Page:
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By G. Nick Lundskow -- The Capital
Carole Gilmour and her son Christopher are among those who attend Sipshops.
Workshops help siblings of special needs children

It was a good couple of days for Carole Gilmour.

Her older son, Sean, 9, won a history competition at his elementary school.

And her younger son, Christopher, 5, didn't have any seizures.

With his epilepsy always looming and the develop-mental delays from it a constant struggle, life doesn't always go smoothly for the Arnold family. But they've learned to roll with the punches.

One of things that's helped Sean cope is a series of workshops called Sibshops, which are geared to the siblings of special needs children.

"Sibshops has enhanced his self-esteem, his confidence," Ms. Gilmour said. "It's also made him very aware of other kids with other issues."

The next session of Sibshops, offered through Mount Washington Pediatric Hospital, Abilities Network and The Arc of Anne Arundel County, begins Feb. 22 in Annapolis. Each session consists of four, four-hour meetings, held once a month on Saturdays. The meetings are a mix of advice, games, sharing, coping and bonding among the children.

"This is a huge step forward and a way of celebrating their role in the family," said Kathleen Flahive, who works for The Arc and is one the facilitators for Sibshops. The Arc provides advocacy and support for people with disabilities.

But, Ms. Flahive stressed, the program isn't meant as therapy or counseling. Rather, it's intended to provide peer support.

Sean thought it was simply fun - and he liked the games.

Jaclyn St. Armand, 12, of Bowie, said she's made lasting friends from the meetings she's attended and wants to go back to Sibshops.

"It felt good to have them to talk to," she said of the other children who went to the workshops. "I knew they felt like I did."

Jaclyn, a seventh-grader at Holy Redeemer School in College Park, said she used used to be embarrassed when the family would head to a restaurant or the mall and her brother would start to scream or throw food. Brian, 8, is autistic.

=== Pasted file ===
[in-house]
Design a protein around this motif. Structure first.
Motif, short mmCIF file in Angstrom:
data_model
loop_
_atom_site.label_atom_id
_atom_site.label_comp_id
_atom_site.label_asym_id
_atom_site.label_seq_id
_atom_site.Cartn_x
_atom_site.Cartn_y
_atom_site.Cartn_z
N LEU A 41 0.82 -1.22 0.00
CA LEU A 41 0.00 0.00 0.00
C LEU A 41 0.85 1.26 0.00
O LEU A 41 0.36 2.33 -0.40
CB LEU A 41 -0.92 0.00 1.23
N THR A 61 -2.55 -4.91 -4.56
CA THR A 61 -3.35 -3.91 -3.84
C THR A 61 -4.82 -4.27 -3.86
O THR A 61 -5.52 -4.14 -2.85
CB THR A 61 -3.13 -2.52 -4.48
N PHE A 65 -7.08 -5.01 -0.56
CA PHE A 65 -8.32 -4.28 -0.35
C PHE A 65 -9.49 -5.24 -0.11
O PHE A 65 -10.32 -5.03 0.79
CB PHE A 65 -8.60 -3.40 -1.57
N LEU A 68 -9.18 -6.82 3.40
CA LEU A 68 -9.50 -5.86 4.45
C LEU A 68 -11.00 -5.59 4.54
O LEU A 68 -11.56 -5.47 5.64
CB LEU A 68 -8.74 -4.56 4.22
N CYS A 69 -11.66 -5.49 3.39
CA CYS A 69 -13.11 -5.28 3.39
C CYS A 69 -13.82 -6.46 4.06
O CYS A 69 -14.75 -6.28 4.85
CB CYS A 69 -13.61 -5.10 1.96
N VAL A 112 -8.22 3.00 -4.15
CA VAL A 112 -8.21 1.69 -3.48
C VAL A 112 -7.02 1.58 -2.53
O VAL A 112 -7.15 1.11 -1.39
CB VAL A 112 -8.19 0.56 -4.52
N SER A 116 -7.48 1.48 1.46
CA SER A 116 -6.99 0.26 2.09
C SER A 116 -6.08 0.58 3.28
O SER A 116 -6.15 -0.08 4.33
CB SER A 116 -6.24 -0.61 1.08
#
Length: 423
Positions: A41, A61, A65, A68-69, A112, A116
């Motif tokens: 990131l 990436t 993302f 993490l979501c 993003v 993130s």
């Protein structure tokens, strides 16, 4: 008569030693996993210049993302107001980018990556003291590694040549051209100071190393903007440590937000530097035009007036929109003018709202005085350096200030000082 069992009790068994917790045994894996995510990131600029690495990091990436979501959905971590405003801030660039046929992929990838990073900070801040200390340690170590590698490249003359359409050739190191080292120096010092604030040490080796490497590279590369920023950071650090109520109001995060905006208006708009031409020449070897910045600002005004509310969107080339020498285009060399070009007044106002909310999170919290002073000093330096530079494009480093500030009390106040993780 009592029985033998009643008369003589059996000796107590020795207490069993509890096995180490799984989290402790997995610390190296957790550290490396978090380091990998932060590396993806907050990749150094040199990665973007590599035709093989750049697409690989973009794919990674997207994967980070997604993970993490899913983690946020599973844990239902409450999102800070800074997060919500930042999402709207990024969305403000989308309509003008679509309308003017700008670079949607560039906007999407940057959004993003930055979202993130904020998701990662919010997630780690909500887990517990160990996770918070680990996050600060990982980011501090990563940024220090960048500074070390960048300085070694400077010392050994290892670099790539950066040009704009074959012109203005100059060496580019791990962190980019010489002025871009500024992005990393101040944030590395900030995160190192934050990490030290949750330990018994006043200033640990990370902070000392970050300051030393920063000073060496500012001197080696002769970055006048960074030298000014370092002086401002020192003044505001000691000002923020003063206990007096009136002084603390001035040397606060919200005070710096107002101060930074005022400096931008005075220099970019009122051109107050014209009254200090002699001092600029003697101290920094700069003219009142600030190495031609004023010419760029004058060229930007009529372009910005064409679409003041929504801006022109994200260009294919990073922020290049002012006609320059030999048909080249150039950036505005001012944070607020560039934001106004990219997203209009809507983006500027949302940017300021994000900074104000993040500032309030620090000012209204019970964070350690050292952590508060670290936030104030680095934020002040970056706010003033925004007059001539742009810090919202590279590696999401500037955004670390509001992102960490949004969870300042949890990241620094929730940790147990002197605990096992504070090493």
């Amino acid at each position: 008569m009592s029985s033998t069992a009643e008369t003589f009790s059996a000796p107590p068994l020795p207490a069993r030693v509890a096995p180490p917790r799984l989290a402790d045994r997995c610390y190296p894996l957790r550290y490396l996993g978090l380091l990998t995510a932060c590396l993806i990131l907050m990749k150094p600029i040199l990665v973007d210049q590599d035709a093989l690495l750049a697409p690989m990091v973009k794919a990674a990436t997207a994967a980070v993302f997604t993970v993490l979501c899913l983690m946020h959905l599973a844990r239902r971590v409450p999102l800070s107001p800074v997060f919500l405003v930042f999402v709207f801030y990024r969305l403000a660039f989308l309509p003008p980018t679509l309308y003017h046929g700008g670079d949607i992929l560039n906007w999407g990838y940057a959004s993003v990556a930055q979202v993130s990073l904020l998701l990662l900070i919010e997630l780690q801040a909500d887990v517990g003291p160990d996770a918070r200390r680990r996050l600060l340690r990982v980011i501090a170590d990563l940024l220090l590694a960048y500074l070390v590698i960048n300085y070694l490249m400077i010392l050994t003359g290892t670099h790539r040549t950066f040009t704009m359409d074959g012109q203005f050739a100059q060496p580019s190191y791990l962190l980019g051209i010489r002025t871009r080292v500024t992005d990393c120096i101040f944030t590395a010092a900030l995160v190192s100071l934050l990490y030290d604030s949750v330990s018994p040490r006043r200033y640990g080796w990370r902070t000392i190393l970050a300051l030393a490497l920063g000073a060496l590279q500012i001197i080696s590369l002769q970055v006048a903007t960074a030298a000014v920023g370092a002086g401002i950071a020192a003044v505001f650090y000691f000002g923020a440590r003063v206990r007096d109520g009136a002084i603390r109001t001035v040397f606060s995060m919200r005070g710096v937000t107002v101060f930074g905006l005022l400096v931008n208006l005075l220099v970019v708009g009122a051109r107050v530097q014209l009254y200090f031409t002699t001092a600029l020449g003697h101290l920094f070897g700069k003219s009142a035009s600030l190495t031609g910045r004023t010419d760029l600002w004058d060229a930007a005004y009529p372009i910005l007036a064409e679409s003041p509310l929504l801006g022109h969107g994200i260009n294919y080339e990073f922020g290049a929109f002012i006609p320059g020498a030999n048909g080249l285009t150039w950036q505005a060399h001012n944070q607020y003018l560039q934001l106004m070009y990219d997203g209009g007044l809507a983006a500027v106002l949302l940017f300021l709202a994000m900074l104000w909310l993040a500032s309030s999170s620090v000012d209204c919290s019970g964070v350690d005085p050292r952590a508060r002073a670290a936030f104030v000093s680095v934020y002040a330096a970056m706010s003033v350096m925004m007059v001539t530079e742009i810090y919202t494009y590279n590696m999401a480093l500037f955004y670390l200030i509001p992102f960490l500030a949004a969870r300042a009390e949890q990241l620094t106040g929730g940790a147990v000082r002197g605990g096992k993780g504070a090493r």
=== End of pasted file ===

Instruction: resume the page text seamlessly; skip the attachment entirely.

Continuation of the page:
"I probably feel a little of the same (now), but also happy I have a brother like him," she said.

Their mother, Ronda, said the change is a direct result of the workshops.

Some of the issues the children who attend Sibhops are grappling with include: trying to understand their sibling's disability; coping with the fact that their sibling sometimes requires more attention; and coping with their friends' questions about their siblings.

"I think kids with brothers and sisters with disabilities should consider joining Sibshops," Jaclyn said. "They're very understanding and considerate of your feelings."

Sibshops has been offered in Anne Arundel County twice before, starting last winter. The session that's about to begin is open to a maximum of 20 children age 8 to 13.

In addition to Anne Arundel, Sibshops is offered in Baltimore, Carroll, Howard and Montgomery counties. The program began five years ago in Baltimore.

Jerri Kamicker of St. Margarets also had praise for the program. Her daughter, Hope, 9, attended a prior session. Her son, Philip, 3, has motor delays.

"I would say she was certainly more appreciative of her brother and the work he has to do in physical therapy," Ms. Kamicker said. "She's (also) a lot more accepting of other children with differences. I think it's a nice program."

Although Sean is reluctant to discuss it, Ms. Gilmour knows other children have asked about Christopher, or will ask. She also knows that Sean sometimes feels uncomfortable dealing with the consequences of his brother's condition.

'I think there has been a change for him (because of Sibshops)," said the boys' father, Paul Gilmour.

Added Ms. Gilmour: "I think this is the closest we've ever been. (Sean's) had an education most people haven't had, and I think it will aid him in compassion."


The next session of Sibshops begins Feb. 22, and continues on March 15, April 12 and May 17. Each of the four meetings runs from 10 a.m. to 2 p.m. at St. Andrew by the Bay Church, 701 College Parkway in Annapolis. A fee of $20 is charged for the series of workshops. Some scholarships are available. For more information or to register, call 800-999-9442, Ext. 5169.

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Published February 06, 2003, The Capital, Annapolis, Md.
Copyright 2003 The Capital, Annapolis, Md.

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